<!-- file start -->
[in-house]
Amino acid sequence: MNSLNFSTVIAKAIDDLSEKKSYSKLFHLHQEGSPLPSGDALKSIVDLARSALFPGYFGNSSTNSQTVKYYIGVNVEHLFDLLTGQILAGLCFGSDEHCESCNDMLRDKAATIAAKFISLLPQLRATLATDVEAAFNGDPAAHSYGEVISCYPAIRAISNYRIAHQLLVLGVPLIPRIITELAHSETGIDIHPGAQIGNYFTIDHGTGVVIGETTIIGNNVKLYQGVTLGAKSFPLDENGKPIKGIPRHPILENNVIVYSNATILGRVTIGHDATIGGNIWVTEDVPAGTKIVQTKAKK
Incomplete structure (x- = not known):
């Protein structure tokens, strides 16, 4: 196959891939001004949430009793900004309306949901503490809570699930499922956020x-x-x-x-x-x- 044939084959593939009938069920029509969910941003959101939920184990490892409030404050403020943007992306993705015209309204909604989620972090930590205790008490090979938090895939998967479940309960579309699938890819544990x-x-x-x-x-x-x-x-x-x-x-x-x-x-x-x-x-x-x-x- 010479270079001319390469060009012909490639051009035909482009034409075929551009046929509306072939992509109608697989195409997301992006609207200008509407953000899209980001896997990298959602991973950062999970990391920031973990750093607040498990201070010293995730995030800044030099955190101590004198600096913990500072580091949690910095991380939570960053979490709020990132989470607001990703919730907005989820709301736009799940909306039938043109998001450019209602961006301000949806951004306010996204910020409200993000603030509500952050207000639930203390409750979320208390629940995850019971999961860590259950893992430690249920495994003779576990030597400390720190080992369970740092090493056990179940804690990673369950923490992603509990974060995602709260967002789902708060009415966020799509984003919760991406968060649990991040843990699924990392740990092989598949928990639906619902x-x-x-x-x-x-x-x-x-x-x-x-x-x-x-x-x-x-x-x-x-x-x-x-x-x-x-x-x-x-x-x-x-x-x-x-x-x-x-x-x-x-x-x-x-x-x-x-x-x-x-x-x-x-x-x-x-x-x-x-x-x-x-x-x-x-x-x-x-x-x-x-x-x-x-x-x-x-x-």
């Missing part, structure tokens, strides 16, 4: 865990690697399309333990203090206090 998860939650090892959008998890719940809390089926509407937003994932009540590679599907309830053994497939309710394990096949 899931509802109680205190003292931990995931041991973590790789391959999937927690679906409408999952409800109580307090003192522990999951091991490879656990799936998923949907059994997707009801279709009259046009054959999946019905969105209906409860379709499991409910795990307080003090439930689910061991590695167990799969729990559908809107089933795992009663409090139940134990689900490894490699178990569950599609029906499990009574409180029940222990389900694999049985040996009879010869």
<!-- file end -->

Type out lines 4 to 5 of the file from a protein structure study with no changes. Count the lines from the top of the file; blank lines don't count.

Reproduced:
């Protein structure tokens, strides 16, 4: 196959891939001004949430009793900004309306949901503490809570699930499922956020x-x-x-x-x-x- 044939084959593939009938069920029509969910941003959101939920184990490892409030404050403020943007992306993705015209309204909604989620972090930590205790008490090979938090895939998967479940309960579309699938890819544990x-x-x-x-x-x-x-x-x-x-x-x-x-x-x-x-x-x-x-x- 010479270079001319390469060009012909490639051009035909482009034409075929551009046929509306072939992509109608697989195409997301992006609207200008509407953000899209980001896997990298959602991973950062999970990391920031973990750093607040498990201070010293995730995030800044030099955190101590004198600096913990500072580091949690910095991380939570960053979490709020990132989470607001990703919730907005989820709301736009799940909306039938043109998001450019209602961006301000949806951004306010996204910020409200993000603030509500952050207000639930203390409750979320208390629940995850019971999961860590259950893992430690249920495994003779576990030597400390720190080992369970740092090493056990179940804690990673369950923490992603509990974060995602709260967002789902708060009415966020799509984003919760991406968060649990991040843990699924990392740990092989598949928990639906619902x-x-x-x-x-x-x-x-x-x-x-x-x-x-x-x-x-x-x-x-x-x-x-x-x-x-x-x-x-x-x-x-x-x-x-x-x-x-x-x-x-x-x-x-x-x-x-x-x-x-x-x-x-x-x-x-x-x-x-x-x-x-x-x-x-x-x-x-x-x-x-x-x-x-x-x-x-x-x-």
């Missing part, structure tokens, strides 16, 4: 865990690697399309333990203090206090 998860939650090892959008998890719940809390089926509407937003994932009540590679599907309830053994497939309710394990096949 899931509802109680205190003292931990995931041991973590790789391959999937927690679906409408999952409800109580307090003192522990999951091991490879656990799936998923949907059994997707009801279709009259046009054959999946019905969105209906409860379709499991409910795990307080003090439930689910061991590695167990799969729990559908809107089933795992009663409090139940134990689900490894490699178990569950599609029906499990009574409180029940222990389900694999049985040996009879010869």